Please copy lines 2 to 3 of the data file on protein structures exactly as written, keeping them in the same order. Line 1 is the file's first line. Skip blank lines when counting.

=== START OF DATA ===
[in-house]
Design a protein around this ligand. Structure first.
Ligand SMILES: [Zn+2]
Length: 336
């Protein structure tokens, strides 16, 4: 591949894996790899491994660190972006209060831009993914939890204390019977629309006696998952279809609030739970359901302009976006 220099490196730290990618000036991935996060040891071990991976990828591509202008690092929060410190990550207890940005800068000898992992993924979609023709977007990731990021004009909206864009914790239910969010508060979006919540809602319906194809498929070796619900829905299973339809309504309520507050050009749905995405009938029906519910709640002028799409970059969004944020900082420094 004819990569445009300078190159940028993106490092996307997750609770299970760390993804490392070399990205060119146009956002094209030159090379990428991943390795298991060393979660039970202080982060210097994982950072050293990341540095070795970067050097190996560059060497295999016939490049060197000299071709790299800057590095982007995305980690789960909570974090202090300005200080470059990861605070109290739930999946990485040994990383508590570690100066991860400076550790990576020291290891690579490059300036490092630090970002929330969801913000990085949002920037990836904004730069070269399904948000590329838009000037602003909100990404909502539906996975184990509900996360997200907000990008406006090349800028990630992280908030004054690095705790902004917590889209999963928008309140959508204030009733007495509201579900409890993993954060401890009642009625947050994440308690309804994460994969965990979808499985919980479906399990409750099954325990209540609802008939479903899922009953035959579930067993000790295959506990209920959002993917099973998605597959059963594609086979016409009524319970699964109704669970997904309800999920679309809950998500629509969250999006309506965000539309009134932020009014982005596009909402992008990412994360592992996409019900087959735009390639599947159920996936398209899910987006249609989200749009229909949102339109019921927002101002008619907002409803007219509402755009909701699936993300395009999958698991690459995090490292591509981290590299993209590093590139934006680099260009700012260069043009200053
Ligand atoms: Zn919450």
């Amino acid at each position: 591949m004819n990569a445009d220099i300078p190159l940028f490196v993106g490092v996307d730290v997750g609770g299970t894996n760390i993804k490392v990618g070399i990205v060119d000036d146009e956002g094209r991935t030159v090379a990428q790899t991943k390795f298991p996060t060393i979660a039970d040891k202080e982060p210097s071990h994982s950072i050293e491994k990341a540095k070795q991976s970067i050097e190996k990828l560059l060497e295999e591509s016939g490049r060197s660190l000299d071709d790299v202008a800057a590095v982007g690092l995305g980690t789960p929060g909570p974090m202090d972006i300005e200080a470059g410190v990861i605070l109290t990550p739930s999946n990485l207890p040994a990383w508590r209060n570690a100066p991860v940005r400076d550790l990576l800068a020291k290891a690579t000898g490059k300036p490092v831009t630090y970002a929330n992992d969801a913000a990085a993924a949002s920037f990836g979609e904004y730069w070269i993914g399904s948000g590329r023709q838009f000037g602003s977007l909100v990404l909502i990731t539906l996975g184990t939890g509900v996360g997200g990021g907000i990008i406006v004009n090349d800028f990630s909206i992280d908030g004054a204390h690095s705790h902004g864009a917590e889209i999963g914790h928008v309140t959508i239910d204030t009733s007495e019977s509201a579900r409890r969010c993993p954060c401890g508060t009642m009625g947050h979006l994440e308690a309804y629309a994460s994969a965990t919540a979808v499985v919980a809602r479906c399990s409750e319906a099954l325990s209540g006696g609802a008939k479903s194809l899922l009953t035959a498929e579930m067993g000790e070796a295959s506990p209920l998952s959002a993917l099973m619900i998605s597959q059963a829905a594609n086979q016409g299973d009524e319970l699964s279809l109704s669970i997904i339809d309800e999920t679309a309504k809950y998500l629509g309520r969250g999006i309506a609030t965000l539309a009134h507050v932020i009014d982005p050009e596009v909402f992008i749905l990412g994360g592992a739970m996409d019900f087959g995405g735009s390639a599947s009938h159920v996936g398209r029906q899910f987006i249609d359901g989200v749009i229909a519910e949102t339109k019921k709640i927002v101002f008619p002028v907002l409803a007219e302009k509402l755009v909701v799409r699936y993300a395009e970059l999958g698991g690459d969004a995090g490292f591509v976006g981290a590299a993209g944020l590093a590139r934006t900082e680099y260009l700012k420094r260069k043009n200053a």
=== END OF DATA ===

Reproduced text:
Design a protein around this ligand. Structure first.
Ligand SMILES: [Zn+2]